Fangio had been nearly unbeatable at Reims until 1955. The tragic accident at Le Mans, in which Fangio would narrowly avoid, would cause the French round of the World Championship to be abandoned for that year. The following year, Fangio would come to Reims driving for Scuderia Ferrari. He had victory practically sown up until a late problem dropped him to 4th in the final standings. The Argentinean would go on to a dominant victory in the French round the following year, but that would take place at Rouen. Therefore, it had been since that incredible debut of the Mercedes-Benz W196 in 1954 that Fangio has ended up at least on the podium. And so, Fangio would again make his presence felt by appearing in Reims in early July. It would end up being the final time Fangio would ever take part in the French Grand Prix. In fact, it would be the last time in which the champion would ever take part in a grand prix.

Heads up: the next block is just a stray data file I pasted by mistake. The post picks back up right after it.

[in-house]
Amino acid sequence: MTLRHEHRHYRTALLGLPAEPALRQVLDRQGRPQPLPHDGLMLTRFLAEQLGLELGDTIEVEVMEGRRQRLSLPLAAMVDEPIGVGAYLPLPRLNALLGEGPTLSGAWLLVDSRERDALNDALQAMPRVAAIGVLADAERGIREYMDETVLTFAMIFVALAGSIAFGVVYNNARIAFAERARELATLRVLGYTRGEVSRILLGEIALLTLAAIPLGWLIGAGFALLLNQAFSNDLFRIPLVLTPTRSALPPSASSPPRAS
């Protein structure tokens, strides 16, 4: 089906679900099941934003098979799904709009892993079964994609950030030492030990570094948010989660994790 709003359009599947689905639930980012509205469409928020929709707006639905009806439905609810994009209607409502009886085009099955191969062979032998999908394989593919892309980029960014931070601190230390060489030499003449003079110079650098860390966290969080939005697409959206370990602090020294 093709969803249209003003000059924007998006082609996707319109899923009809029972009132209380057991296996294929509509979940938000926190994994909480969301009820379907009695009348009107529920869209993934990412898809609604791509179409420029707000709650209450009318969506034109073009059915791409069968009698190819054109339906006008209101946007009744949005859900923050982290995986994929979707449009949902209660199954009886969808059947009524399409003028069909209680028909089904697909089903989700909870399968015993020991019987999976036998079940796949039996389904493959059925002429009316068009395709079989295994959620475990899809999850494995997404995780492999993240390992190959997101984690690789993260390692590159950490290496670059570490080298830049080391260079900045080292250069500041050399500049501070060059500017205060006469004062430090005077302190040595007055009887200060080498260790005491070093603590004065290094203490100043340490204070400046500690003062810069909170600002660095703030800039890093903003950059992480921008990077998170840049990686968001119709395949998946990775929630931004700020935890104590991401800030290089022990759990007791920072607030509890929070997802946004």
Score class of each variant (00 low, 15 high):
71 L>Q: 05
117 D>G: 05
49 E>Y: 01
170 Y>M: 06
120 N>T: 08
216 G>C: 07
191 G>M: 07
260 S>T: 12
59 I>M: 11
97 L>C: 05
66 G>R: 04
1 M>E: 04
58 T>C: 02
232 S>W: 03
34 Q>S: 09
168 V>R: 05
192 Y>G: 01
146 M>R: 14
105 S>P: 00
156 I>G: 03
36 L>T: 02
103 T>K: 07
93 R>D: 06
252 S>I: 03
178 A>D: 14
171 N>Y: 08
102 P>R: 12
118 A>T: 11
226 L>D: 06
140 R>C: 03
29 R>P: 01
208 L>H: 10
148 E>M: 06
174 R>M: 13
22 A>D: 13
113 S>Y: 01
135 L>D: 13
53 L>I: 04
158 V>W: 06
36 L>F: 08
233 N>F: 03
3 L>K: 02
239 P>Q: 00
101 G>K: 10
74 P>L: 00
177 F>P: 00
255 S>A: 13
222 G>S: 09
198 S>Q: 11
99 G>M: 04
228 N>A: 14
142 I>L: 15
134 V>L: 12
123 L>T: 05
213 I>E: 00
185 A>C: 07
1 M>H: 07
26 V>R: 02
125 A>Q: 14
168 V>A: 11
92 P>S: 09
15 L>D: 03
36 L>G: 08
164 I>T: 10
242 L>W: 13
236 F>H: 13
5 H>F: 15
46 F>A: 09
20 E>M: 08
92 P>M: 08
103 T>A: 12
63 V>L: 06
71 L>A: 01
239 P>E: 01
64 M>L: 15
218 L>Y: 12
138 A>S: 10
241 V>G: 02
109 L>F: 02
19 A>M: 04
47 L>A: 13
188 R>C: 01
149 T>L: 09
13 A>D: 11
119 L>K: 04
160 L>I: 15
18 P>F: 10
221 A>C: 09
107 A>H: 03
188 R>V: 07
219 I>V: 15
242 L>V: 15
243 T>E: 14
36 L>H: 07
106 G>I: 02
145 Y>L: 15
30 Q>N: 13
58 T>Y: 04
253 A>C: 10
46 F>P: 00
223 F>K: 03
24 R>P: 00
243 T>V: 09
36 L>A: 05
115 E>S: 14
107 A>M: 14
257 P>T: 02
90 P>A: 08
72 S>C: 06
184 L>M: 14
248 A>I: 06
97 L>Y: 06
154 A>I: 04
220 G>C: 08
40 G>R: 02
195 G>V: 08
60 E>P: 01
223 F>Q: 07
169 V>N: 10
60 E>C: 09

Though the Maserati factory outfit had withdrawn from motor racing at the end of the '57 season, the outfit would continue building a couple of chassis which would become known as Piccolo cars. These cars were lightweight chassis using shorter T3 chassis and angled drive-shafts. Originally based upon the example built for the twelve-cylinder engine, these few 250Fs would be developed for Temple Buell who was financing his own team. These cars would be delivered for Buell's team in time for the Portuguese Grand Prix later on in 1958. However, one of them, 2533, would have a very special test in early July.